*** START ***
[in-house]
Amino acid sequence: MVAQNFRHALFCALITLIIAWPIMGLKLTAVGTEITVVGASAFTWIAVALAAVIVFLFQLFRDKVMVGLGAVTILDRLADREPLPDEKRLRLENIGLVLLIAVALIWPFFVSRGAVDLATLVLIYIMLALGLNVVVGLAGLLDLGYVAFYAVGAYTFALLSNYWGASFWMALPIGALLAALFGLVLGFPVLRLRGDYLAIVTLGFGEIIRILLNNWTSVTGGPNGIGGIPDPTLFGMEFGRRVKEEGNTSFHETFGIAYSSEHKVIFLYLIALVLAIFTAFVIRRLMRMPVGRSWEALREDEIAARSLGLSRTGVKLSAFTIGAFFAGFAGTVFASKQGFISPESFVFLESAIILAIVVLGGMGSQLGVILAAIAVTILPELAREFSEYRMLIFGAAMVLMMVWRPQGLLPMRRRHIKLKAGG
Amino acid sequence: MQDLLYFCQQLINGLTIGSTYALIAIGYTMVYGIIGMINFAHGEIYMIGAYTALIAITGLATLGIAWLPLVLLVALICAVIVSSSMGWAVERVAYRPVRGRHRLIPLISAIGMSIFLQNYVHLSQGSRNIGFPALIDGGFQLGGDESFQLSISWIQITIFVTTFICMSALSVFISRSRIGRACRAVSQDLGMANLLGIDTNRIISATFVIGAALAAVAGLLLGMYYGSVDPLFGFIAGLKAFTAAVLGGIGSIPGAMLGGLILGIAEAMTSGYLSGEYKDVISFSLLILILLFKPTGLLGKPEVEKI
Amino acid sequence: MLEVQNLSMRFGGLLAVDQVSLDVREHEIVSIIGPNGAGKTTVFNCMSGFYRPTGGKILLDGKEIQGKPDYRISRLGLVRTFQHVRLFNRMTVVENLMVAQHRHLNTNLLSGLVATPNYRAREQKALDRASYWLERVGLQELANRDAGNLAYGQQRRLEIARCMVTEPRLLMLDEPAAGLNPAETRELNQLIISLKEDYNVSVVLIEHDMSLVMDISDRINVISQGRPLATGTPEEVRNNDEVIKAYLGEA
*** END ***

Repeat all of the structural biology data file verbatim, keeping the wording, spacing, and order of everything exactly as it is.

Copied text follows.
[in-house]
Amino acid sequence: MVAQNFRHALFCALITLIIAWPIMGLKLTAVGTEITVVGASAFTWIAVALAAVIVFLFQLFRDKVMVGLGAVTILDRLADREPLPDEKRLRLENIGLVLLIAVALIWPFFVSRGAVDLATLVLIYIMLALGLNVVVGLAGLLDLGYVAFYAVGAYTFALLSNYWGASFWMALPIGALLAALFGLVLGFPVLRLRGDYLAIVTLGFGEIIRILLNNWTSVTGGPNGIGGIPDPTLFGMEFGRRVKEEGNTSFHETFGIAYSSEHKVIFLYLIALVLAIFTAFVIRRLMRMPVGRSWEALREDEIAARSLGLSRTGVKLSAFTIGAFFAGFAGTVFASKQGFISPESFVFLESAIILAIVVLGGMGSQLGVILAAIAVTILPELAREFSEYRMLIFGAAMVLMMVWRPQGLLPMRRRHIKLKAGG
Amino acid sequence: MQDLLYFCQQLINGLTIGSTYALIAIGYTMVYGIIGMINFAHGEIYMIGAYTALIAITGLATLGIAWLPLVLLVALICAVIVSSSMGWAVERVAYRPVRGRHRLIPLISAIGMSIFLQNYVHLSQGSRNIGFPALIDGGFQLGGDESFQLSISWIQITIFVTTFICMSALSVFISRSRIGRACRAVSQDLGMANLLGIDTNRIISATFVIGAALAAVAGLLLGMYYGSVDPLFGFIAGLKAFTAAVLGGIGSIPGAMLGGLILGIAEAMTSGYLSGEYKDVISFSLLILILLFKPTGLLGKPEVEKI
Amino acid sequence: MLEVQNLSMRFGGLLAVDQVSLDVREHEIVSIIGPNGAGKTTVFNCMSGFYRPTGGKILLDGKEIQGKPDYRISRLGLVRTFQHVRLFNRMTVVENLMVAQHRHLNTNLLSGLVATPNYRAREQKALDRASYWLERVGLQELANRDAGNLAYGQQRRLEIARCMVTEPRLLMLDEPAAGLNPAETRELNQLIISLKEDYNVSVVLIEHDMSLVMDISDRINVISQGRPLATGTPEEVRNNDEVIKAYLGEA